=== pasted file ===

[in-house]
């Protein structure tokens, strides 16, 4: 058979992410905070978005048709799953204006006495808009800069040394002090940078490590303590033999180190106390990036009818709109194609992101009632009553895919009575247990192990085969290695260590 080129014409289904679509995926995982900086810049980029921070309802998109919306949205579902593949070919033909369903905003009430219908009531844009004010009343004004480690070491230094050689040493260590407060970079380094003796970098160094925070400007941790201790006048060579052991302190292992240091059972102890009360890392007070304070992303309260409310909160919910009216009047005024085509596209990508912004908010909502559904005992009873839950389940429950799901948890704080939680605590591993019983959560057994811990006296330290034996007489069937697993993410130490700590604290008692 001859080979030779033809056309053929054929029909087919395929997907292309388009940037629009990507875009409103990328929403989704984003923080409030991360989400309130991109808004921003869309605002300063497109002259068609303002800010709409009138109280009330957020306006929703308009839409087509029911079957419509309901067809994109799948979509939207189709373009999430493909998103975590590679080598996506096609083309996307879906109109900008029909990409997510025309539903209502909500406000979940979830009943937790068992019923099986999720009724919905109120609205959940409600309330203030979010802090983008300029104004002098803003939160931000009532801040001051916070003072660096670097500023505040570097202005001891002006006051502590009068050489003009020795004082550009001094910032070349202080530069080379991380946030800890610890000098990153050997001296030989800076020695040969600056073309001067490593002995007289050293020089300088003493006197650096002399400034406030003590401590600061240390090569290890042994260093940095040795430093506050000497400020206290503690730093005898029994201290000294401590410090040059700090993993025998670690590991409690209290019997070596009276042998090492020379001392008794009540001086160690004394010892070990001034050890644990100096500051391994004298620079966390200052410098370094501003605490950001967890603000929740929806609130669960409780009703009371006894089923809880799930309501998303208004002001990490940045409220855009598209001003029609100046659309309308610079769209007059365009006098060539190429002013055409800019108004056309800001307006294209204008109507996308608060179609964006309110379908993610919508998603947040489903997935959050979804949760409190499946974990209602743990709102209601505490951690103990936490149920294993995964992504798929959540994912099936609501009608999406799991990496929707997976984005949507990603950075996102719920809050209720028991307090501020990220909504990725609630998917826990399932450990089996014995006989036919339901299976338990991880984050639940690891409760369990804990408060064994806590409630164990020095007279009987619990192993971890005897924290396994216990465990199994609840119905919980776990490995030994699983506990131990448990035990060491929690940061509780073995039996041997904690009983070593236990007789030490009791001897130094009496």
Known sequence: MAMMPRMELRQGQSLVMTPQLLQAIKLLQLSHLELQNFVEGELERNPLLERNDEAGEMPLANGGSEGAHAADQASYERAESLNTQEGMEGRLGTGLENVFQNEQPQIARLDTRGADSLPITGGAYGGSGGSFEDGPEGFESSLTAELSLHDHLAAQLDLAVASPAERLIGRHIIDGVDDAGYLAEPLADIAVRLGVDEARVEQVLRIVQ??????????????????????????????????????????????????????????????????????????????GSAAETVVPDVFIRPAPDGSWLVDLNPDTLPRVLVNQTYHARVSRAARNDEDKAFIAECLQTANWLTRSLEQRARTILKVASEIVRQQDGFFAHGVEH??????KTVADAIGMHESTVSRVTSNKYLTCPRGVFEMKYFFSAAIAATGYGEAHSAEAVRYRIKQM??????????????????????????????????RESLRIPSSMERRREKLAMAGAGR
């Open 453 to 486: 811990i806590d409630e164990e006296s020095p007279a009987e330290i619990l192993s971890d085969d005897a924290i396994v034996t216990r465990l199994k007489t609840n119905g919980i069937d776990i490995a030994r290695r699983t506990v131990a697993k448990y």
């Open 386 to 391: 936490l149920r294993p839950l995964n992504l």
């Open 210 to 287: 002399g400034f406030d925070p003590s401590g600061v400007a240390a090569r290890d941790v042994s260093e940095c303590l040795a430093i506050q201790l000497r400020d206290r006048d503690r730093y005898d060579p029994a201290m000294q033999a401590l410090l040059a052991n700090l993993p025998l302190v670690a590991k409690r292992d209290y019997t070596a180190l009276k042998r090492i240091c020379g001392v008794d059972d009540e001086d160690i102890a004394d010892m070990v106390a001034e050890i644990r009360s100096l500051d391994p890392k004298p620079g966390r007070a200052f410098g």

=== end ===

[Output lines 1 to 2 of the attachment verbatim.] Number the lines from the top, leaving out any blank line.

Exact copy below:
[in-house]
């Protein structure tokens, strides 16, 4: 058979992410905070978005048709799953204006006495808009800069040394002090940078490590303590033999180190106390990036009818709109194609992101009632009553895919009575247990192990085969290695260590 080129014409289904679509995926995982900086810049980029921070309802998109919306949205579902593949070919033909369903905003009430219908009531844009004010009343004004480690070491230094050689040493260590407060970079380094003796970098160094925070400007941790201790006048060579052991302190292992240091059972102890009360890392007070304070992303309260409310909160919910009216009047005024085509596209990508912004908010909502559904005992009873839950389940429950799901948890704080939680605590591993019983959560057994811990006296330290034996007489069937697993993410130490700590604290008692 001859080979030779033809056309053929054929029909087919395929997907292309388009940037629009990507875009409103990328929403989704984003923080409030991360989400309130991109808004921003869309605002300063497109002259068609303002800010709409009138109280009330957020306006929703308009839409087509029911079957419509309901067809994109799948979509939207189709373009999430493909998103975590590679080598996506096609083309996307879906109109900008029909990409997510025309539903209502909500406000979940979830009943937790068992019923099986999720009724919905109120609205959940409600309330203030979010802090983008300029104004002098803003939160931000009532801040001051916070003072660096670097500023505040570097202005001891002006006051502590009068050489003009020795004082550009001094910032070349202080530069080379991380946030800890610890000098990153050997001296030989800076020695040969600056073309001067490593002995007289050293020089300088003493006197650096002399400034406030003590401590600061240390090569290890042994260093940095040795430093506050000497400020206290503690730093005898029994201290000294401590410090040059700090993993025998670690590991409690209290019997070596009276042998090492020379001392008794009540001086160690004394010892070990001034050890644990100096500051391994004298620079966390200052410098370094501003605490950001967890603000929740929806609130669960409780009703009371006894089923809880799930309501998303208004002001990490940045409220855009598209001003029609100046659309309308610079769209007059365009006098060539190429002013055409800019108004056309800001307006294209204008109507996308608060179609964006309110379908993610919508998603947040489903997935959050979804949760409190499946974990209602743990709102209601505490951690103990936490149920294993995964992504798929959540994912099936609501009608999406799991990496929707997976984005949507990603950075996102719920809050209720028991307090501020990220909504990725609630998917826990399932450990089996014995006989036919339901299976338990991880984050639940690891409760369990804990408060064994806590409630164990020095007279009987619990192993971890005897924290396994216990465990199994609840119905919980776990490995030994699983506990131990448990035990060491929690940061509780073995039996041997904690009983070593236990007789030490009791001897130094009496």